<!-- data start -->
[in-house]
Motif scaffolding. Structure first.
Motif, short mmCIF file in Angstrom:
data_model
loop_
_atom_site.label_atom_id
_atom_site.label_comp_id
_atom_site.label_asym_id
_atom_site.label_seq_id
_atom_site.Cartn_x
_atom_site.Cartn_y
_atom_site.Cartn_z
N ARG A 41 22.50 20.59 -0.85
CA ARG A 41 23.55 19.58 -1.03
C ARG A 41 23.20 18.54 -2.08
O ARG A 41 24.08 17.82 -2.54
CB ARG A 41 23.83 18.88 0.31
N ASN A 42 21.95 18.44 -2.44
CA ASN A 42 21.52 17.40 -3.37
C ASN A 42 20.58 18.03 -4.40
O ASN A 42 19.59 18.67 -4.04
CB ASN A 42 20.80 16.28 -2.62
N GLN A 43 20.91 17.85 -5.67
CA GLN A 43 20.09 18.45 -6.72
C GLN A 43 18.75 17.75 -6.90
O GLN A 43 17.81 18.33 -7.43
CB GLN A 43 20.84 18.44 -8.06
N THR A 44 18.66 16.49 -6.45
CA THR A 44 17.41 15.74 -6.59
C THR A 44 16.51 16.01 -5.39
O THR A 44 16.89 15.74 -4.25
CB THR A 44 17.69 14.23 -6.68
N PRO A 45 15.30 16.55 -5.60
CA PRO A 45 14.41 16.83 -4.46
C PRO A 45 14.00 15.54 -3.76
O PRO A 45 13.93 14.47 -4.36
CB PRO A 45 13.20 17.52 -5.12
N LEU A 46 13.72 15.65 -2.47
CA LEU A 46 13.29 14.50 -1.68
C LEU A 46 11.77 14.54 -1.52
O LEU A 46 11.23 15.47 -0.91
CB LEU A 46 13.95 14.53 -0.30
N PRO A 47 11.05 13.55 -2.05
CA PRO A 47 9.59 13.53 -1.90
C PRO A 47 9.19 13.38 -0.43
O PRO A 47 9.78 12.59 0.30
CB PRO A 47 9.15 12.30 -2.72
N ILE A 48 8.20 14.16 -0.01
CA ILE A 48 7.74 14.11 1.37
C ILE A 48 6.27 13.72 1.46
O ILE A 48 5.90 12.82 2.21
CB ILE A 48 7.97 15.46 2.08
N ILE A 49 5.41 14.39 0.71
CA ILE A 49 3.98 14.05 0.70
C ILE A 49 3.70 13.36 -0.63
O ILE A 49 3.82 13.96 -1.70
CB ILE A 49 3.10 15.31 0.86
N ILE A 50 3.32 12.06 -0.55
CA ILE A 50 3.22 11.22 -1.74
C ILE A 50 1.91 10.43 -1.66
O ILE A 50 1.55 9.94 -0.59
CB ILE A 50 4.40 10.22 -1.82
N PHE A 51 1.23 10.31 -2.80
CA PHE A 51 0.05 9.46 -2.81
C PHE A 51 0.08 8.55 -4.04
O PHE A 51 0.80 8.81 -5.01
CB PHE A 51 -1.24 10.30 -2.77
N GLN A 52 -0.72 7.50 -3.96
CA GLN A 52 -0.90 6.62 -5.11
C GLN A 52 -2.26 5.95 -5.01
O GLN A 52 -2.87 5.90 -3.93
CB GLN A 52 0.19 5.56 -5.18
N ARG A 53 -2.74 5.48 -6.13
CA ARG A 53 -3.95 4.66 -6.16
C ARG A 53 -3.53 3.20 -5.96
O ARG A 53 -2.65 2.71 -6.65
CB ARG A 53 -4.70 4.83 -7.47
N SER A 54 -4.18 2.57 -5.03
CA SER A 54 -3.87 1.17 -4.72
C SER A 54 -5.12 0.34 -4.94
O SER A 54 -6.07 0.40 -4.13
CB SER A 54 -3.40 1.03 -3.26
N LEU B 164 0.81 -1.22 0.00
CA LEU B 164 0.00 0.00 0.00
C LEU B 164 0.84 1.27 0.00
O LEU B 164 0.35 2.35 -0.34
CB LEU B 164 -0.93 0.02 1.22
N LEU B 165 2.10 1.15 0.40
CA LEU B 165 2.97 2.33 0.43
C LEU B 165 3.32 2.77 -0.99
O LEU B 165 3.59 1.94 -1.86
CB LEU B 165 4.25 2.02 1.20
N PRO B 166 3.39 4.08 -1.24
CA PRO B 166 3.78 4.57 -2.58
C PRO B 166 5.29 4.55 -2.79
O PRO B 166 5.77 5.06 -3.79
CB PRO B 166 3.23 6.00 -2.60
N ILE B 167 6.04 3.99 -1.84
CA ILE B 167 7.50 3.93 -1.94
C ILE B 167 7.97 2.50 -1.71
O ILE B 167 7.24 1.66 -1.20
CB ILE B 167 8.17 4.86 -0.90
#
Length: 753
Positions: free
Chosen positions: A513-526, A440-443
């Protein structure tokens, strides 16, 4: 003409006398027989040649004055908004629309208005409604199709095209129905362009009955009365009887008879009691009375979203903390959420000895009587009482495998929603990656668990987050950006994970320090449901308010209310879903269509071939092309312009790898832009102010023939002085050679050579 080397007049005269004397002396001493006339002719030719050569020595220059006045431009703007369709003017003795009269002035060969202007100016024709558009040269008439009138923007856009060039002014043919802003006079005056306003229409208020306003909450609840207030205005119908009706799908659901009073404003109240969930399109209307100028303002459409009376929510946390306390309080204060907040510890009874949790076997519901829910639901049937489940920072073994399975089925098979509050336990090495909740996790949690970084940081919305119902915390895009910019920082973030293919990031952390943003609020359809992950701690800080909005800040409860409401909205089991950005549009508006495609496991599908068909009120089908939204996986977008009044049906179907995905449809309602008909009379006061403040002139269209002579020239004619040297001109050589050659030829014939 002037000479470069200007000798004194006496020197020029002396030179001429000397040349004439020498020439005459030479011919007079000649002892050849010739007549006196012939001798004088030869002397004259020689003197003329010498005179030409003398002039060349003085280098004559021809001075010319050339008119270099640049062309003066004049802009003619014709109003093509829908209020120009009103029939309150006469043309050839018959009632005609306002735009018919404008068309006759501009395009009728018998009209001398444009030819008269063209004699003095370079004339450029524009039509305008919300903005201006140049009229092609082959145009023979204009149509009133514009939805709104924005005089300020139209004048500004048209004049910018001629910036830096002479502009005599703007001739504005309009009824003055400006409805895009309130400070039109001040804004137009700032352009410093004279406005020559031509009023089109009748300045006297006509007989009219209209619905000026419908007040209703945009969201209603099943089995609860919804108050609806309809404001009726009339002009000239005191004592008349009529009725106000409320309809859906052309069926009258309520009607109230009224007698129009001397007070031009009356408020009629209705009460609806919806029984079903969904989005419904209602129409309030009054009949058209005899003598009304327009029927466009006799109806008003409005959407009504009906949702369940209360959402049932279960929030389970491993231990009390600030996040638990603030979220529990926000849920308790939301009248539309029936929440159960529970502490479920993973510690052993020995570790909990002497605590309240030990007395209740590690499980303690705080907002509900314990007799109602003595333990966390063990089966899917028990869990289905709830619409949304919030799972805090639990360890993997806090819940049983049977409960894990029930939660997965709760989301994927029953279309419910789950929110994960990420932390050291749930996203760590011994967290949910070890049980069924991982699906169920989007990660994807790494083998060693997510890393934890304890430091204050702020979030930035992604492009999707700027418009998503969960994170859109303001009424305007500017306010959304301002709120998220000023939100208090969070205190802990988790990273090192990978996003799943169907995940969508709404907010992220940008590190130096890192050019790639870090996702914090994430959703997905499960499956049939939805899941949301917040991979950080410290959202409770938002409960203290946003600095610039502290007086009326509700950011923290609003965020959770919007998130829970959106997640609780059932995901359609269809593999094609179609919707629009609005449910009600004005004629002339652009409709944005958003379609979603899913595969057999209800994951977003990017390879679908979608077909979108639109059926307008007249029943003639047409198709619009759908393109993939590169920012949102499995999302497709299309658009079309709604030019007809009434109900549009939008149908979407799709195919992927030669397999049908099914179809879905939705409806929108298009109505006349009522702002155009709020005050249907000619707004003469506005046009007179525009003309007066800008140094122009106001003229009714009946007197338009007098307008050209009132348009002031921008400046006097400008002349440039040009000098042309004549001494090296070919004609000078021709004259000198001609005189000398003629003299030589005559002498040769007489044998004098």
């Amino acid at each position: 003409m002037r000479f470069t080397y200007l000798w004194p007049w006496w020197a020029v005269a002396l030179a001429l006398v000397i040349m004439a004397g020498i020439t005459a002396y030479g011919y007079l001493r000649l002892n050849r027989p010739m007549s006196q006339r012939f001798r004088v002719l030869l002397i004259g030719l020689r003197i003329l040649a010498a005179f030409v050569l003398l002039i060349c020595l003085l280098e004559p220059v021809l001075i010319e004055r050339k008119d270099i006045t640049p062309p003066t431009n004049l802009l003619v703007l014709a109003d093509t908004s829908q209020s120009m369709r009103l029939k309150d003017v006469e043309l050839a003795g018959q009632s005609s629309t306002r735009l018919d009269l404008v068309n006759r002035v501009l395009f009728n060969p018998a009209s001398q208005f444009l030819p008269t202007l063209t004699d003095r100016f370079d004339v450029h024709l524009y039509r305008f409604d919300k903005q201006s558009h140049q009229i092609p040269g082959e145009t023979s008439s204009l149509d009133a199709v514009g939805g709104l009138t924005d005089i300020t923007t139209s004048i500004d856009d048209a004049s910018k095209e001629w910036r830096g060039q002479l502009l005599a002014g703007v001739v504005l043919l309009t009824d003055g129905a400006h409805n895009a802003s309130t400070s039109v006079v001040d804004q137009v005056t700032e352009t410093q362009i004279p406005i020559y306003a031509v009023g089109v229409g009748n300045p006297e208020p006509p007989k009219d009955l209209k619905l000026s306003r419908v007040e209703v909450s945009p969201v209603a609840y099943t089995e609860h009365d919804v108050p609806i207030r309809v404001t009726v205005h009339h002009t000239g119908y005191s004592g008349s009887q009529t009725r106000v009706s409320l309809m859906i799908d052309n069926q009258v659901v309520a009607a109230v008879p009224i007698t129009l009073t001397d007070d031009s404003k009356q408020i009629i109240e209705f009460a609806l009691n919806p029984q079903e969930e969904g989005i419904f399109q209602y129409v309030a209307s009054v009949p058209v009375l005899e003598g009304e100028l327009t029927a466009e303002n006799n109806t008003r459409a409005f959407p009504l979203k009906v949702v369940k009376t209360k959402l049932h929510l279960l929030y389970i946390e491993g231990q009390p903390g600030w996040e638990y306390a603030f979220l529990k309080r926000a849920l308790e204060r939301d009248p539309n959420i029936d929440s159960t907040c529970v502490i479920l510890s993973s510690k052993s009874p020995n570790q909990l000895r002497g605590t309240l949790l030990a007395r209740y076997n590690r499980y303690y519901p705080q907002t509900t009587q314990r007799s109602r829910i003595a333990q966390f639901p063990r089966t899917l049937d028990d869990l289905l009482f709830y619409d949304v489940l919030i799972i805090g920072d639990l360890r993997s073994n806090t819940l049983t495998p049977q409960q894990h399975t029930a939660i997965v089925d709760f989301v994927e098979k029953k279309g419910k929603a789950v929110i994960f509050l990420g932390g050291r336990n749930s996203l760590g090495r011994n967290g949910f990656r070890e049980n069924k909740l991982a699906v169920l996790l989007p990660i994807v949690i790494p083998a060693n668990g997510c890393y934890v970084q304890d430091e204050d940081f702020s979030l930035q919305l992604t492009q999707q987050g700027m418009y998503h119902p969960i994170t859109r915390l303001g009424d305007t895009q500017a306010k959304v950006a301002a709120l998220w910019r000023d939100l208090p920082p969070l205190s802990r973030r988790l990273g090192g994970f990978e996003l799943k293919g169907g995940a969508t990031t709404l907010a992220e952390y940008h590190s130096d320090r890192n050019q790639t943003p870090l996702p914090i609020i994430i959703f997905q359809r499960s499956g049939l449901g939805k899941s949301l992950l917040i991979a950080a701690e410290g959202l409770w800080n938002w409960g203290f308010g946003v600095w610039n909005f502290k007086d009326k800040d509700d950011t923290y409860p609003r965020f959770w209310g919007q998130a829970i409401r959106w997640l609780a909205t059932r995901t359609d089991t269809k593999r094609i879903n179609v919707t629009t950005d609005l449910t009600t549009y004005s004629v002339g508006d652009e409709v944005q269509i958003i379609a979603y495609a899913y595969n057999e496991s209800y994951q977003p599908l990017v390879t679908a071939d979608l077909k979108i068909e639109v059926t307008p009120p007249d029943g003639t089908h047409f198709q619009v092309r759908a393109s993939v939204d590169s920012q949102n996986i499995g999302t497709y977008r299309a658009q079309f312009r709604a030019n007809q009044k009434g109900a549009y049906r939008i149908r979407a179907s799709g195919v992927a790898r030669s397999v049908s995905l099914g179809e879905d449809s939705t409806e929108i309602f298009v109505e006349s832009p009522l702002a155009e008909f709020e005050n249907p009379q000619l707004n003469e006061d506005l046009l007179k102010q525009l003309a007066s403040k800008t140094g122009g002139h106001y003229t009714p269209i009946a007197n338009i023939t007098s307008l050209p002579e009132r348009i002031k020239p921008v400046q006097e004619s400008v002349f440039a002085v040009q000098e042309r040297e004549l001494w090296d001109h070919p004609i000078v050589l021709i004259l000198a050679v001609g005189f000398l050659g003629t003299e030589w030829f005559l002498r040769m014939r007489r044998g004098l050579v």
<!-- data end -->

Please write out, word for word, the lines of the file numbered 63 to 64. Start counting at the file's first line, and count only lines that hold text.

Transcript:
N PHE A 51 1.23 10.31 -2.80
CA PHE A 51 0.05 9.46 -2.81